Nearly a decade after it was passed, the Patient Protection and Affordable Care Act (ACA) — also glowingly or disparagingly referred to as “Obamacare,” depending on a person’s politics — has become a pawn, another arrow in the arsenal of weapons brandished between liberals and conservatives, legislators of all stripes, consumers and insurers. And as the political climate continues to ratchet up, jousting over the ACA is intensifying — from neighbors’ disagreements over fences to arguments in the U.S. Supreme Court.
Often lost in the noise is the effects it has had for those who have the greatest stake: seniors — particularly those who have low incomes.
In fact, some of the law’s most sweeping changes were of the most benefit to seniors — including improvements to Medicare, streamlined and cleaned up procedures for those qualified for both Medicare and Medicaid, also called “dual eligibles,” and other consumer protections to healthcare rights. Without those changes, an estimated 4.5 million older adults were targeted to lose their health insurance completely .
Changes to Medicaid and Medi-Cal
The ACA broadly expanded Medicaid and Medi-Cal coverage to adults under age 65 who have low incomes — a change that on its own cut the uninsured rate for those between the ages of 50 and 64 in half. Because of that expanded coverage, overall health care costs for people who begin Medicare coverage at age 65 are also projected to decrease over the years as long as the ACA remains in effect.
Help for aging in place. As is often researched and reported, most older people insist they would prefer to remain in their homes as they age rather than move into facilities. The ACA helped make that more possible by shifting the focus of dollars spent from institutional care to home-based and community-based services.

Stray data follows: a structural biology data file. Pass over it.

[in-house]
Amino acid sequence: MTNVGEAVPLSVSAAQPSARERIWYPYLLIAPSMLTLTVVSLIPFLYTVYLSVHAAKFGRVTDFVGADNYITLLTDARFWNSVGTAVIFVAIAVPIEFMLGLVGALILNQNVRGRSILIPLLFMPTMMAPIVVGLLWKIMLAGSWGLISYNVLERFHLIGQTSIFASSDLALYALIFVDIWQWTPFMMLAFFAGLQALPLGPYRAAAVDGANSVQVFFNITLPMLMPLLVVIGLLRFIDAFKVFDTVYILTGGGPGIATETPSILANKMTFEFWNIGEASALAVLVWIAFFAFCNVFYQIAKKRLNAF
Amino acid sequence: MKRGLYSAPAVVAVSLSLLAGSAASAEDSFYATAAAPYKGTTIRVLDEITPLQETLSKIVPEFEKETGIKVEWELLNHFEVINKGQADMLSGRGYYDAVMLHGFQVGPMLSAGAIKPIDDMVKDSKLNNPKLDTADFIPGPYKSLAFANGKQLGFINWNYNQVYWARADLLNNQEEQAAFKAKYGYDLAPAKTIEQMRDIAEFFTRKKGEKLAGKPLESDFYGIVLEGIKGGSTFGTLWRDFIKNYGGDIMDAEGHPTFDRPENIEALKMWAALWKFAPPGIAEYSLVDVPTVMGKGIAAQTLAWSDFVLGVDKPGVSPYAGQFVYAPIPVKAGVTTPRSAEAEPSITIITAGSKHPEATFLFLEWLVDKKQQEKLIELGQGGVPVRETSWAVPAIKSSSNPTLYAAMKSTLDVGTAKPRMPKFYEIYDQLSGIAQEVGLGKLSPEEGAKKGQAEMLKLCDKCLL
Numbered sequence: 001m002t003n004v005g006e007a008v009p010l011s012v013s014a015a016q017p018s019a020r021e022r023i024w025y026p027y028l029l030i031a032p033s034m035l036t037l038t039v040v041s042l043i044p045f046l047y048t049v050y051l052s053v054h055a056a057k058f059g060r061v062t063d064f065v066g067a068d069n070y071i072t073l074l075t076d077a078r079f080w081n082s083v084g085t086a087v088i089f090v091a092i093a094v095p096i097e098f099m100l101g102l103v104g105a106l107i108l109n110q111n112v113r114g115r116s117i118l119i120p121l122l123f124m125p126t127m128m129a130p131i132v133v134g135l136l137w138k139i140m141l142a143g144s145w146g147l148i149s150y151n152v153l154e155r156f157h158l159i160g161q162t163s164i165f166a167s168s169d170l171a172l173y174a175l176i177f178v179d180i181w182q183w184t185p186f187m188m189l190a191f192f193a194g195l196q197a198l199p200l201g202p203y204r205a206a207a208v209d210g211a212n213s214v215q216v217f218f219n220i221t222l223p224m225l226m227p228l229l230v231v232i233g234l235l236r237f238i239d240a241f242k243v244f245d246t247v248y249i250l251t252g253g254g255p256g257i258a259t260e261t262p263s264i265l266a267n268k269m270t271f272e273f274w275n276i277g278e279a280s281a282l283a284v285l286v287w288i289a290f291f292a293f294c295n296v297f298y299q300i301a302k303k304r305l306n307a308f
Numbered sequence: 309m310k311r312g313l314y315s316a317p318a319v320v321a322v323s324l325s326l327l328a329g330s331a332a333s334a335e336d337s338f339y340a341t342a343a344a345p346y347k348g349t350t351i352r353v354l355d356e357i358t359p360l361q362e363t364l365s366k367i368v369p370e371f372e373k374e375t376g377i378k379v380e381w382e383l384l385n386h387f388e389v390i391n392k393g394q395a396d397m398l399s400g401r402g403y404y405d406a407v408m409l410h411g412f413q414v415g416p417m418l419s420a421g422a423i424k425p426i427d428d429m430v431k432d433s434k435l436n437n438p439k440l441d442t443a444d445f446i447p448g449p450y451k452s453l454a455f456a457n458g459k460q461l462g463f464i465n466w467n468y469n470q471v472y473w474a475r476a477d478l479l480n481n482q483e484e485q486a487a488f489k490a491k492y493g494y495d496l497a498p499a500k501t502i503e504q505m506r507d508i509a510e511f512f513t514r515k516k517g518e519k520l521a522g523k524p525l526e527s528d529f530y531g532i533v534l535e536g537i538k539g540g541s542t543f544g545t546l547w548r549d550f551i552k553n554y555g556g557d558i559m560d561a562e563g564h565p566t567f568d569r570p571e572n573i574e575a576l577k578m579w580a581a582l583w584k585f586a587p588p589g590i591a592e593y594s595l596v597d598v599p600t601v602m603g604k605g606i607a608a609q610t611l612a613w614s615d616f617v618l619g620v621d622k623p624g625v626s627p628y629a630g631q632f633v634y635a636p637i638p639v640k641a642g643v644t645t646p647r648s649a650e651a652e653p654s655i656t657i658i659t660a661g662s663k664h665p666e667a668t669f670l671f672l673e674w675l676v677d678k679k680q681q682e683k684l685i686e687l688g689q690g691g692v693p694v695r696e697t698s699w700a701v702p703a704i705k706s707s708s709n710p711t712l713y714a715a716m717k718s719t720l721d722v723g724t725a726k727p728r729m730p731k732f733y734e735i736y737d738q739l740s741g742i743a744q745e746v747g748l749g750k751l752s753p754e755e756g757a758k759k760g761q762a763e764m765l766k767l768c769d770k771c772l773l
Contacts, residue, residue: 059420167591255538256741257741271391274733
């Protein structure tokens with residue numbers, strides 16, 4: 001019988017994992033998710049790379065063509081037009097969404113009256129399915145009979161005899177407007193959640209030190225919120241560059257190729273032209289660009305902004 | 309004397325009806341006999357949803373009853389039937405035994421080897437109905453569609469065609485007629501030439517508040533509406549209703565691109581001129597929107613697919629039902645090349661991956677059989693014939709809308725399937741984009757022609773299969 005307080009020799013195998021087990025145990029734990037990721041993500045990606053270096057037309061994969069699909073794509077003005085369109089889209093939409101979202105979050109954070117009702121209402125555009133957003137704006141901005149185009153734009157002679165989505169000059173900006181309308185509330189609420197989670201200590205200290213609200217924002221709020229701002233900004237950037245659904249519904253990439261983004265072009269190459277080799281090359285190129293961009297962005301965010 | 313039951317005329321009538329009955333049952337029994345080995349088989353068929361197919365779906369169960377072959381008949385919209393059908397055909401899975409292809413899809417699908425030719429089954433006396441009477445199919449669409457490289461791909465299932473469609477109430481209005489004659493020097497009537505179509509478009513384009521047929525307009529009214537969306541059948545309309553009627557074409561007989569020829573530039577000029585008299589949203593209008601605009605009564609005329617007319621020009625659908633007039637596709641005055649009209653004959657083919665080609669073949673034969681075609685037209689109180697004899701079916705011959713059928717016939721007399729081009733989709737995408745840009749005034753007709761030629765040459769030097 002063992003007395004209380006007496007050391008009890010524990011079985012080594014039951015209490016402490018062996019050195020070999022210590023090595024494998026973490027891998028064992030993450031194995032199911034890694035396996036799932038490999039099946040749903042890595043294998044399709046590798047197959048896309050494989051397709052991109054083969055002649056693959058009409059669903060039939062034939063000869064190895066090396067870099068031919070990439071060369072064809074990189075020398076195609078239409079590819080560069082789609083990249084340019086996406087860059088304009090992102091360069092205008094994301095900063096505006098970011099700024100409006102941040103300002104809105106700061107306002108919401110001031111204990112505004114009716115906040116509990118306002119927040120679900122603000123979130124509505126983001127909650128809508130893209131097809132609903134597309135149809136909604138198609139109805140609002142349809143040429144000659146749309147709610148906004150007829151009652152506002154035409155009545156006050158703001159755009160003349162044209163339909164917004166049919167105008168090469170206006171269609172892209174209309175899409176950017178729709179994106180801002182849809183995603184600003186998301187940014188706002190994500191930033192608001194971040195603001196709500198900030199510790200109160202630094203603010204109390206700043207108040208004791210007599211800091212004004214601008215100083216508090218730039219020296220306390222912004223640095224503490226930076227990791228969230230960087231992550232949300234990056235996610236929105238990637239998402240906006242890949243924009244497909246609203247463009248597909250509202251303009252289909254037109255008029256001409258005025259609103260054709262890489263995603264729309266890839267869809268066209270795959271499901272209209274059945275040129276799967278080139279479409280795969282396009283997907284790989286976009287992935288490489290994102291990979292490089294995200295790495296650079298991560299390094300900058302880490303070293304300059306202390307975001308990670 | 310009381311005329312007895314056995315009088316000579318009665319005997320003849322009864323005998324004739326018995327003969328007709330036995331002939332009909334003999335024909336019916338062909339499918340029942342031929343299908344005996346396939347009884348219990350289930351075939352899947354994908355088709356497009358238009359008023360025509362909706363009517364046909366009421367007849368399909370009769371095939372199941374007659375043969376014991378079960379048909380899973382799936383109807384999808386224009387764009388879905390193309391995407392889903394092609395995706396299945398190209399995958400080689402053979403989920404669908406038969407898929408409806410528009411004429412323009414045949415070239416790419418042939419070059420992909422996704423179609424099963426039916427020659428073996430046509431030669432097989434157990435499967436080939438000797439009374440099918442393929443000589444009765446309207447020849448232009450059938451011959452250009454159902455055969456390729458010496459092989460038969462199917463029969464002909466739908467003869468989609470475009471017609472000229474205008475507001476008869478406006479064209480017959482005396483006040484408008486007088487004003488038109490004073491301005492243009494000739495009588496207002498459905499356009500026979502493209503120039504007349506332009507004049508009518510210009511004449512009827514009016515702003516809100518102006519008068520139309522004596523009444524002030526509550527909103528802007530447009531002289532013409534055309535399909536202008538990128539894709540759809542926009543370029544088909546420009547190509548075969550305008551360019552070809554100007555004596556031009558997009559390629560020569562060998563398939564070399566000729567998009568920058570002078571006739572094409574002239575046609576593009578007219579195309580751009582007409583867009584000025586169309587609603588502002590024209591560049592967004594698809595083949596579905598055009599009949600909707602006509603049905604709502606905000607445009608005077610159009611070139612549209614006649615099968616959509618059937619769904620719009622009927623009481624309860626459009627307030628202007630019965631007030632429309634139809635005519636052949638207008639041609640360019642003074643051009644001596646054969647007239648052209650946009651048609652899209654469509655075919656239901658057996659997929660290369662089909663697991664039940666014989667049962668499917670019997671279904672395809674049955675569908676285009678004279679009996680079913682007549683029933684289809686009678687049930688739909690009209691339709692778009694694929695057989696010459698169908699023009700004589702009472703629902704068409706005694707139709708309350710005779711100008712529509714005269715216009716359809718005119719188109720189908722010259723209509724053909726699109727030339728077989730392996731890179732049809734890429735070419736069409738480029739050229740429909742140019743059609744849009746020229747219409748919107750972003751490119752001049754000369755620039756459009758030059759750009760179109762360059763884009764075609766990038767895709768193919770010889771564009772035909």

For example, the Community First Choice Option provides participating states with matching federal funds to pay for personal care services for those living in their homes and communities who require an institutional level of care. For those who do not need such intensive care, another program, Section 1915(i), can provide services tailored to specific populations, such as older adults.
The ACA also established the Money Follows the Person program, with funds earmarked to help people move from nursing facilities back into their communities. And finally, it extended the “spousal impoverishment protection” under Medicaid and Medi-Cal so that one spouse can keep more assets and income if the other requires nursing home, in-home, or community type care services.
Simplified eligibility and enrollment. The ACA simplified eligibility and enrollment procedures for Medicaid and Medi-Cal by introducing online and telephone applications and eliminating face-to-face interviews, which were an insurmountable barrier for many older people. It also greatly simplified eligibility standards, eliminating the worky steps of counting assets and calculating deductions.